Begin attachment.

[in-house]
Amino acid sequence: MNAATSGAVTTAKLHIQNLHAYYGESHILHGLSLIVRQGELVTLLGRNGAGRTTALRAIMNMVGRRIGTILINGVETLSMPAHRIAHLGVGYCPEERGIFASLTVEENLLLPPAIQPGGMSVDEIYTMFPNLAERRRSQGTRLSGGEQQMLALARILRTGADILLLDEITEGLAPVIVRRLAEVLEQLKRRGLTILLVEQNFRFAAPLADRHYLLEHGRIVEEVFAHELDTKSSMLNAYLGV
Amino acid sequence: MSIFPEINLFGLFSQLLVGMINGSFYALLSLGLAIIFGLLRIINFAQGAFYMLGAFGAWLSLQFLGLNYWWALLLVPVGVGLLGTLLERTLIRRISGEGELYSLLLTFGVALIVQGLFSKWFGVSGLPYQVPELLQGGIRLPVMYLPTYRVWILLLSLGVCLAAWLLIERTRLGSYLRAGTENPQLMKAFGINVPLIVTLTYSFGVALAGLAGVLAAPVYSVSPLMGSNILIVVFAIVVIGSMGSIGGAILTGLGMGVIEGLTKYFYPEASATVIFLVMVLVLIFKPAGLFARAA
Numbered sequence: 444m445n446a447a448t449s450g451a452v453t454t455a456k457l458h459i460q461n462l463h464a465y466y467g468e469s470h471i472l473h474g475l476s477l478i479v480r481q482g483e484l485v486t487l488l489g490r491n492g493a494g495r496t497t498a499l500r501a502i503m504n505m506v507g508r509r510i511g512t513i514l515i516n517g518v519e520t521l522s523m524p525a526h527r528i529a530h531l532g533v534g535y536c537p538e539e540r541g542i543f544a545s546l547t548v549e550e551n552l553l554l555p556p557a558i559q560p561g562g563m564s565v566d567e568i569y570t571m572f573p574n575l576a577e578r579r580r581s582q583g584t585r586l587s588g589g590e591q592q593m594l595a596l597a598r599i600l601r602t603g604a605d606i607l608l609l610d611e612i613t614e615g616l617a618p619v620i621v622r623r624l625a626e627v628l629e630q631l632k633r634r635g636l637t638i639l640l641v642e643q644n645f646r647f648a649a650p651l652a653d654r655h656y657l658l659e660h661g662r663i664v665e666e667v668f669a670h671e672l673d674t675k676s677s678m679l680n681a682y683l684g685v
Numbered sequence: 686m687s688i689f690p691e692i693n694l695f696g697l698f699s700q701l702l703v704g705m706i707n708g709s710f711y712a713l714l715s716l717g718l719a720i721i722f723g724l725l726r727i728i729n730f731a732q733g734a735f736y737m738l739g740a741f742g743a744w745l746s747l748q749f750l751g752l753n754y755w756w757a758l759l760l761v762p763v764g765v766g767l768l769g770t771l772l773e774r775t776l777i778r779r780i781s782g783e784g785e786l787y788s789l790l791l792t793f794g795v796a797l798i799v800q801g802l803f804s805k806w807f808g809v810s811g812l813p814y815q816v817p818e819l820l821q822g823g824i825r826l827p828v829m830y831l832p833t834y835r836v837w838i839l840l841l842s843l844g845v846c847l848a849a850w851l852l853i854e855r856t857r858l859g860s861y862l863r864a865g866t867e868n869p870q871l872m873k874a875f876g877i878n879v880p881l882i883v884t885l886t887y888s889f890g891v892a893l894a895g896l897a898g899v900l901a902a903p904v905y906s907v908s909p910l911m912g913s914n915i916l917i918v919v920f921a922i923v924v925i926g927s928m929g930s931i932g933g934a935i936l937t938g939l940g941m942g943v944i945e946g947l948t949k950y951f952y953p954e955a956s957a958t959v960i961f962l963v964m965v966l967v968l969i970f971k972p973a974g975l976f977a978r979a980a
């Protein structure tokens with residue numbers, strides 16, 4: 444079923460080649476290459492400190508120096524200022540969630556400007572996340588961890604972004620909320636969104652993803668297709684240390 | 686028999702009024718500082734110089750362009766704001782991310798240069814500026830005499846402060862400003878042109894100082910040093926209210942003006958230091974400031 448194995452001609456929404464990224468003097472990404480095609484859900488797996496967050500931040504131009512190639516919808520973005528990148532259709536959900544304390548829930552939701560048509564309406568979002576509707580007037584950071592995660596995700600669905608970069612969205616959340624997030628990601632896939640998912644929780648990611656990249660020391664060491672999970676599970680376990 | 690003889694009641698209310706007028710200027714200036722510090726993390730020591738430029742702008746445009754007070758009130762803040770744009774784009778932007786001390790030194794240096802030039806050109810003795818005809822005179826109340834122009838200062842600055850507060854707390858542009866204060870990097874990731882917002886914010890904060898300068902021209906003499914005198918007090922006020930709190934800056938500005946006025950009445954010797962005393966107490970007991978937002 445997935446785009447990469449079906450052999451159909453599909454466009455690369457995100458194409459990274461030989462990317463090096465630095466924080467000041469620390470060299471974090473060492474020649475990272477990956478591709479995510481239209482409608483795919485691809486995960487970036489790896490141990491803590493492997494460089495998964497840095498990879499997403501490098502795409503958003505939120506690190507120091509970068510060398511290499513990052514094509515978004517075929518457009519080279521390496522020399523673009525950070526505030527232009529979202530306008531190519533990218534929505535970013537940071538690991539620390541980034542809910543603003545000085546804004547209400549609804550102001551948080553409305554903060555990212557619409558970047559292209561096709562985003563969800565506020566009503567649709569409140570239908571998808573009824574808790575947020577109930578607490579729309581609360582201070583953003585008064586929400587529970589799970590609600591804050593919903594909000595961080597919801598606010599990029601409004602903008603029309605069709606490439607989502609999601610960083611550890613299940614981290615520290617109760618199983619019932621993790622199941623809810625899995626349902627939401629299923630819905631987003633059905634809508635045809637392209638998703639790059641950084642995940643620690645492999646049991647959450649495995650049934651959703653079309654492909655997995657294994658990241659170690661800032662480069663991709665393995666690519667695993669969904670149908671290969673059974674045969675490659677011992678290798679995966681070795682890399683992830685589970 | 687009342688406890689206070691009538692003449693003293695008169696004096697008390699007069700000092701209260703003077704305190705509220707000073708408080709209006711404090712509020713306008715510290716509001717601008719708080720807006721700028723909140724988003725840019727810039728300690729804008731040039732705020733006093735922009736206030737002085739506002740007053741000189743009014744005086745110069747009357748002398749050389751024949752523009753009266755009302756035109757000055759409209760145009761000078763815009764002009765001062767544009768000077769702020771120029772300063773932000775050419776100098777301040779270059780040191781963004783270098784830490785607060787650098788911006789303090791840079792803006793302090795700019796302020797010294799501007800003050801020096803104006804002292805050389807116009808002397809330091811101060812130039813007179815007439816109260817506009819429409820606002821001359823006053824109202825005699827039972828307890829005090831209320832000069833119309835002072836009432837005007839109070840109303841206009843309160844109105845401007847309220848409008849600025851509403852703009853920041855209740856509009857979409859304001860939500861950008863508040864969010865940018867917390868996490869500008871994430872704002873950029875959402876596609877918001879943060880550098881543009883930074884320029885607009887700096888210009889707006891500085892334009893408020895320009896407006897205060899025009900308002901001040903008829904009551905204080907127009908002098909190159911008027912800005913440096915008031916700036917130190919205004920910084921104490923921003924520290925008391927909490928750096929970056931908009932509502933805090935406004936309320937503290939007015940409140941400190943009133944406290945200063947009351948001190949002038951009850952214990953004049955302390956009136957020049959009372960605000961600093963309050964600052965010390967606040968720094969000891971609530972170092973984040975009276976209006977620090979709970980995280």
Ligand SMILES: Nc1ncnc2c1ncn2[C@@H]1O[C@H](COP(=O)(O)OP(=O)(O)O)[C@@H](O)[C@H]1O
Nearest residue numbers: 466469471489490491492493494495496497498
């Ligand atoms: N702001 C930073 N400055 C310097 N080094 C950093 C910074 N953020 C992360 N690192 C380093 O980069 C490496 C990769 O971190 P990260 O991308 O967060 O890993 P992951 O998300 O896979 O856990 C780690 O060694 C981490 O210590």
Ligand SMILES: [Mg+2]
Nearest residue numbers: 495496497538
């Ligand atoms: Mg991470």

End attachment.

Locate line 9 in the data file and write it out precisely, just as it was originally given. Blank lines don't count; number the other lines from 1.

């Ligand atoms: N702001 C930073 N400055 C310097 N080094 C950093 C910074 N953020 C992360 N690192 C380093 O980069 C490496 C990769 O971190 P990260 O991308 O967060 O890993 P992951 O998300 O896979 O856990 C780690 O060694 C981490 O210590």